In this essay, Shahinaz Sabeel, a young Sudanese woman who grew up between Sudan, Canada and Uganda, recounts her relationship with her grandfather, an unconventional man and important male figure in her life. Shahinaz narrates how her grandfather fought to maintain his Sudanese identity and remained true to his values at a time when Sudan’s social and cultural identities were disrupted by the rise of militant Islam.
My grandfather, Yassin, and I had an interesting relationship. Although I was not fortunate enough to spend more time with him since he passed away when I was a teenager, I remember him from my childhood as a vibrant man who expected the best for each and every member of his family, including me.
Yassin was the head of a large and loud household. Every morning, he would call me to fetch him his wooden cane before heading to the souk in downtown Khartoum. He used to sell a variety of dry goods, basically anything he could get his hands on in bulk, from cigarettes to bags of rice. To his great regret, he stopped working around his 80th birthday as his declining health forced him to retire. My grandfather was someone constantly on the move who hated to see people idle around him. Coming back from the souk, he would always bring something home for us, whether it was a bag of fresh oranges, chocolate, or sugar. He took his role as a breadwinner seriously even after his five children, including my mother, were all financially independent. My grandfather always made a point of providing for himself and deeply resented the idea that he might need to be looked after or cared for.
Yassin witnessed years of turmoil in Sudan’s recent history – from the early days of independence to the military regime of Jafaar Nimeiri and the steady rise of political Islam.
“While reflecting on his life, I realize that he had to fight hard to maintain his freedom in a country that was profoundly changing. He stood firm on his principles when repressive militant Islam permeated Sudanese society.”
I realise now how lonely he must have felt and truly appreciate his resilience and fighting spirit. My grandfather expressed his religiosity as a Sudanese man, proud of his heritage and culture. Looking back, I am amazed that a man with such a humble background, a farmer and later a bulk goods salesman who never left Sudan, acquired such an emancipated personality. My grandfather always refused to be co-opted or intimidated by anyone, especially religious militants. He made sure that his family experienced the same freedom.
True to his values, my grandfather allowed me to govern my own future by treating me not as an extension of himself but as an autonomous individual. Yassin was exceptional as a Sudanese man in that he did not impose his will and desires on others. He was a well-wishing spectator more than a commander and even at his most intrusive, he would only question my intent, not my abilities.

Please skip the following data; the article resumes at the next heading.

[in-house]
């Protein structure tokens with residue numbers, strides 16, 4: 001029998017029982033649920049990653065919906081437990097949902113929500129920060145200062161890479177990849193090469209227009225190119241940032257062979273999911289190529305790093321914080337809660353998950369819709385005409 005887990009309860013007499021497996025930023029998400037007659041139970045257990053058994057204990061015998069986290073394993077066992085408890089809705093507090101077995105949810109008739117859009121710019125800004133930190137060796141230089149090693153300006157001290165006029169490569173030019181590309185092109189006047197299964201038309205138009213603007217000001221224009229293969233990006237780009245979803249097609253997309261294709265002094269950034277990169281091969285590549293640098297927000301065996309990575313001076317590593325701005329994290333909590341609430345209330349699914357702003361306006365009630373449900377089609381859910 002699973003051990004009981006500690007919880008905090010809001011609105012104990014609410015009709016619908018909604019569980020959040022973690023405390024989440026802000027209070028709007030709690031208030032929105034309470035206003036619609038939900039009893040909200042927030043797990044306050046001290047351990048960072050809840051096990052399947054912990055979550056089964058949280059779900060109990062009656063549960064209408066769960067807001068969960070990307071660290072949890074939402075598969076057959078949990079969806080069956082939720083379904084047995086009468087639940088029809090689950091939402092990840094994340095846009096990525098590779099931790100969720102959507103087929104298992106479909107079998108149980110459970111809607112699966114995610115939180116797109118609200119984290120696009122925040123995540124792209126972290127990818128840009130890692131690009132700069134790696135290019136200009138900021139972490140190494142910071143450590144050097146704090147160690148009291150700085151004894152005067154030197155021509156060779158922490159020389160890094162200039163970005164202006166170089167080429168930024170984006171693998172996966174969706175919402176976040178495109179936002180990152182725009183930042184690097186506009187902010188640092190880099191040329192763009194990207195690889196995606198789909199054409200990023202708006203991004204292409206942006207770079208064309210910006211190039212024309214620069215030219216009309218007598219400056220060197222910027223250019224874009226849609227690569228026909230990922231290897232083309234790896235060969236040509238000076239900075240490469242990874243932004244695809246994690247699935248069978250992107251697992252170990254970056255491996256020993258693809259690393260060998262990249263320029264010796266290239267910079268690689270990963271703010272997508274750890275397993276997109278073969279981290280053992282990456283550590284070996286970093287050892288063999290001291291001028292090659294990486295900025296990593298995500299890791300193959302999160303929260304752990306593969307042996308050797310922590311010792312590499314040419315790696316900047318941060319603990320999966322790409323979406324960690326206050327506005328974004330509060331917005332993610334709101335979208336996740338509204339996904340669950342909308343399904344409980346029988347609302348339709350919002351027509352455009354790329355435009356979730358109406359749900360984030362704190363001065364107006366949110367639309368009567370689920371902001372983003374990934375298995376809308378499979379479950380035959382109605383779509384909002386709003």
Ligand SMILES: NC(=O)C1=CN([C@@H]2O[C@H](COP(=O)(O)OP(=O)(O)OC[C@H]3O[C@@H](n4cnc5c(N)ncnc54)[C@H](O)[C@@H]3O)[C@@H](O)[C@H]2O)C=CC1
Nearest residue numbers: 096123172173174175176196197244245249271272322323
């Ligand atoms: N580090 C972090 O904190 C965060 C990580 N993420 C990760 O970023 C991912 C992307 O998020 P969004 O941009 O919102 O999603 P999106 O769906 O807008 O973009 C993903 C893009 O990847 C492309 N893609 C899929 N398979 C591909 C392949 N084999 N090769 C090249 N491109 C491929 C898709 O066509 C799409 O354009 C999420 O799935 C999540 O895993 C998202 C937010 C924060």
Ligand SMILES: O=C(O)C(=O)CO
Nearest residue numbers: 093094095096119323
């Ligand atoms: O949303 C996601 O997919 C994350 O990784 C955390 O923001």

In a society that still harbours resentment towards the upward mobility of women, this was unusual behaviour, one that was greatly appreciated by the young me who wanted to be free to make childish mud castles, collect rocks, ride bikes, and read dinosaur books.
My grandfather was also, to some extent, a man of his time. Most Sudanese men from his generation seemed to be guided by a similar approach to tribal ethics. They magnified the idea of a communal haven in which freedom had nothing to do with individual liberties, but simply referred to one’s ability to help their people. Only a man who could provide not only for himself but also for those around him was considered truly free.
“My grandfather was one of these men who prided themselves on supporting their households and communities; men who treated all children as their own, and who raised boys to do the same.”
In today’s world where society’s values have shifted over the years, my grandfather’s views might seem idealistic at best. The rise of a more individualistic society, however, never discouraged my grandfather from what seemed to be his ultimate plight – to help, build, uplift and enfranchise his family, his community, and his friends.
However, I must admit that, in spite of his charisma and generosity, I resented my grandfather greatly as a child. At the time, I could not comprehend all the dynamics at play. I was like a fish out of water when coming to Sudan and could only observe with surprise how family members were interacting with each other. I could not understand why older members always went about giving orders and stating facts in such a rigid and dictatorial manor. Certainly, the young were loved, spoiled and admired but many were also burdened with the aspirations and expectations of extended family members. Older relatives often felt entitled to make life-changing decisions on your behalf without consulting you first. However, as I grew older, I had no choice but to accept the dramatic and loud way my relatives communicated their feelings. This was part of family tradition, I assumed!